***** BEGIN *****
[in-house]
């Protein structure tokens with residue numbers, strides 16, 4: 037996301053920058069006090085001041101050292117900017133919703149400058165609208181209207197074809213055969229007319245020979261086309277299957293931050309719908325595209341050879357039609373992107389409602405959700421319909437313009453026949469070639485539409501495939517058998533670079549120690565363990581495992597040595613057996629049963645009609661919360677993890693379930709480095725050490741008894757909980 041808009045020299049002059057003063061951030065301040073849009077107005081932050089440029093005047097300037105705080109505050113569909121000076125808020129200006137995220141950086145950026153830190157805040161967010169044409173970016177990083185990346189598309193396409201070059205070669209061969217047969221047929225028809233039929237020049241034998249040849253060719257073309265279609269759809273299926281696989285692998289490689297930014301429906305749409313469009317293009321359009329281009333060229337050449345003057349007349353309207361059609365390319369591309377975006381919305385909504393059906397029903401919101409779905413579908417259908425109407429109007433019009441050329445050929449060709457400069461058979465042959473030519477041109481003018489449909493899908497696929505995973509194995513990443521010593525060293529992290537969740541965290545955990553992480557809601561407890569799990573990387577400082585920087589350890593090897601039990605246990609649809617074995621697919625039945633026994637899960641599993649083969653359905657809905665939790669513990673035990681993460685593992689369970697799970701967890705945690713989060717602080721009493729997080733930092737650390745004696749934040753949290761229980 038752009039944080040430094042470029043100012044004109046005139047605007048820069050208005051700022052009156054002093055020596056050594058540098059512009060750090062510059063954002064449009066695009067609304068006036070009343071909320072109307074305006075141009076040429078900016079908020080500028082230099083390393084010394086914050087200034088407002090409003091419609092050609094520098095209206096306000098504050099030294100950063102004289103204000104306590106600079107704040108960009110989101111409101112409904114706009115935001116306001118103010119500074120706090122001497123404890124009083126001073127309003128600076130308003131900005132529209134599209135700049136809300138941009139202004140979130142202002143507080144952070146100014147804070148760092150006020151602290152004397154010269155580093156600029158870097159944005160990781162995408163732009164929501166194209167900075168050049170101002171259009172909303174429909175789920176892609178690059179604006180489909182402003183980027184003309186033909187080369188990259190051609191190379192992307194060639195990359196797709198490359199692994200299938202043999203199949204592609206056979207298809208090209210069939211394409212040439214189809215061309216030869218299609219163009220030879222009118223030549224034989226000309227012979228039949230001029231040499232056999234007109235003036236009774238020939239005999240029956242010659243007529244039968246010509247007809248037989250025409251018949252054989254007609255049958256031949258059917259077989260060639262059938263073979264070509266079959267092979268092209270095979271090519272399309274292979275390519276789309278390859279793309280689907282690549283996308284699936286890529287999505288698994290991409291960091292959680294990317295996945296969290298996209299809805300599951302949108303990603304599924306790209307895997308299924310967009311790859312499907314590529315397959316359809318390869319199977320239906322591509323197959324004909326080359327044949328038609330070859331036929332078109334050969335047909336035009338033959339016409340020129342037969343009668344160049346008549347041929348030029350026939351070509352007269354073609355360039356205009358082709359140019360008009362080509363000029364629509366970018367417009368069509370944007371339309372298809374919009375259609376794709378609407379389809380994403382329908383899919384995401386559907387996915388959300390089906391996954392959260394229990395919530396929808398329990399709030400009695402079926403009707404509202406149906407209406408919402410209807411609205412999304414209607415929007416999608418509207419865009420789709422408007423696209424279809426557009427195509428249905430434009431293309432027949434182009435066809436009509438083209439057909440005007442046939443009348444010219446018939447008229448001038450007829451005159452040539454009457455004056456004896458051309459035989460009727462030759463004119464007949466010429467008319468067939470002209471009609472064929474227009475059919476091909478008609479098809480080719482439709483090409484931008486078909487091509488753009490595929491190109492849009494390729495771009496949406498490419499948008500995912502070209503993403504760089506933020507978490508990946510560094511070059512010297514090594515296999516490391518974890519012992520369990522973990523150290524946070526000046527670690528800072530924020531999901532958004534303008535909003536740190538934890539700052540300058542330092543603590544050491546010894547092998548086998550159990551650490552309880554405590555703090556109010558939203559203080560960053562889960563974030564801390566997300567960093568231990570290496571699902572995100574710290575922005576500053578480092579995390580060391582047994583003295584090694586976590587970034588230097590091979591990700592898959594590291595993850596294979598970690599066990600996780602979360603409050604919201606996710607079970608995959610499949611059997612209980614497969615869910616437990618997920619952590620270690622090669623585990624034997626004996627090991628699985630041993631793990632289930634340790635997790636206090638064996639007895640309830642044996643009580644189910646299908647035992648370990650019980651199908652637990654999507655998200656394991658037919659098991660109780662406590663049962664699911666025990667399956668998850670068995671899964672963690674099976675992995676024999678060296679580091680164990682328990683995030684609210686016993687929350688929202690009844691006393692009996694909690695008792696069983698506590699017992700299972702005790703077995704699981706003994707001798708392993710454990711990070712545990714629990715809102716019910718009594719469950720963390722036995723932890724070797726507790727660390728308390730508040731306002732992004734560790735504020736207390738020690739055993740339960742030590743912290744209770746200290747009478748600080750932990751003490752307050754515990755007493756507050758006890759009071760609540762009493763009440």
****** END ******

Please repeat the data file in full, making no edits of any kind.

[in-house]
């Protein structure tokens with residue numbers, strides 16, 4: 037996301053920058069006090085001041101050292117900017133919703149400058165609208181209207197074809213055969229007319245020979261086309277299957293931050309719908325595209341050879357039609373992107389409602405959700421319909437313009453026949469070639485539409501495939517058998533670079549120690565363990581495992597040595613057996629049963645009609661919360677993890693379930709480095725050490741008894757909980 041808009045020299049002059057003063061951030065301040073849009077107005081932050089440029093005047097300037105705080109505050113569909121000076125808020129200006137995220141950086145950026153830190157805040161967010169044409173970016177990083185990346189598309193396409201070059205070669209061969217047969221047929225028809233039929237020049241034998249040849253060719257073309265279609269759809273299926281696989285692998289490689297930014301429906305749409313469009317293009321359009329281009333060229337050449345003057349007349353309207361059609365390319369591309377975006381919305385909504393059906397029903401919101409779905413579908417259908425109407429109007433019009441050329445050929449060709457400069461058979465042959473030519477041109481003018489449909493899908497696929505995973509194995513990443521010593525060293529992290537969740541965290545955990553992480557809601561407890569799990573990387577400082585920087589350890593090897601039990605246990609649809617074995621697919625039945633026994637899960641599993649083969653359905657809905665939790669513990673035990681993460685593992689369970697799970701967890705945690713989060717602080721009493729997080733930092737650390745004696749934040753949290761229980 038752009039944080040430094042470029043100012044004109046005139047605007048820069050208005051700022052009156054002093055020596056050594058540098059512009060750090062510059063954002064449009066695009067609304068006036070009343071909320072109307074305006075141009076040429078900016079908020080500028082230099083390393084010394086914050087200034088407002090409003091419609092050609094520098095209206096306000098504050099030294100950063102004289103204000104306590106600079107704040108960009110989101111409101112409904114706009115935001116306001118103010119500074120706090122001497123404890124009083126001073127309003128600076130308003131900005132529209134599209135700049136809300138941009139202004140979130142202002143507080144952070146100014147804070148760092150006020151602290152004397154010269155580093156600029158870097159944005160990781162995408163732009164929501166194209167900075168050049170101002171259009172909303174429909175789920176892609178690059179604006180489909182402003183980027184003309186033909187080369188990259190051609191190379192992307194060639195990359196797709198490359199692994200299938202043999203199949204592609206056979207298809208090209210069939211394409212040439214189809215061309216030869218299609219163009220030879222009118223030549224034989226000309227012979228039949230001029231040499232056999234007109235003036236009774238020939239005999240029956242010659243007529244039968246010509247007809248037989250025409251018949252054989254007609255049958256031949258059917259077989260060639262059938263073979264070509266079959267092979268092209270095979271090519272399309274292979275390519276789309278390859279793309280689907282690549283996308284699936286890529287999505288698994290991409291960091292959680294990317295996945296969290298996209299809805300599951302949108303990603304599924306790209307895997308299924310967009311790859312499907314590529315397959316359809318390869319199977320239906322591509323197959324004909326080359327044949328038609330070859331036929332078109334050969335047909336035009338033959339016409340020129342037969343009668344160049346008549347041929348030029350026939351070509352007269354073609355360039356205009358082709359140019360008009362080509363000029364629509366970018367417009368069509370944007371339309372298809374919009375259609376794709378609407379389809380994403382329908383899919384995401386559907387996915388959300390089906391996954392959260394229990395919530396929808398329990399709030400009695402079926403009707404509202406149906407209406408919402410209807411609205412999304414209607415929007416999608418509207419865009420789709422408007423696209424279809426557009427195509428249905430434009431293309432027949434182009435066809436009509438083209439057909440005007442046939443009348444010219446018939447008229448001038450007829451005159452040539454009457455004056456004896458051309459035989460009727462030759463004119464007949466010429467008319468067939470002209471009609472064929474227009475059919476091909478008609479098809480080719482439709483090409484931008486078909487091509488753009490595929491190109492849009494390729495771009496949406498490419499948008500995912502070209503993403504760089506933020507978490508990946510560094511070059512010297514090594515296999516490391518974890519012992520369990522973990523150290524946070526000046527670690528800072530924020531999901532958004534303008535909003536740190538934890539700052540300058542330092543603590544050491546010894547092998548086998550159990551650490552309880554405590555703090556109010558939203559203080560960053562889960563974030564801390566997300567960093568231990570290496571699902572995100574710290575922005576500053578480092579995390580060391582047994583003295584090694586976590587970034588230097590091979591990700592898959594590291595993850596294979598970690599066990600996780602979360603409050604919201606996710607079970608995959610499949611059997612209980614497969615869910616437990618997920619952590620270690622090669623585990624034997626004996627090991628699985630041993631793990632289930634340790635997790636206090638064996639007895640309830642044996643009580644189910646299908647035992648370990650019980651199908652637990654999507655998200656394991658037919659098991660109780662406590663049962664699911666025990667399956668998850670068995671899964672963690674099976675992995676024999678060296679580091680164990682328990683995030684609210686016993687929350688929202690009844691006393692009996694909690695008792696069983698506590699017992700299972702005790703077995704699981706003994707001798708392993710454990711990070712545990714629990715809102716019910718009594719469950720963390722036995723932890724070797726507790727660390728308390730508040731306002732992004734560790735504020736207390738020690739055993740339960742030590743912290744209770746200290747009478748600080750932990751003490752307050754515990755007493756507050758006890759009071760609540762009493763009440």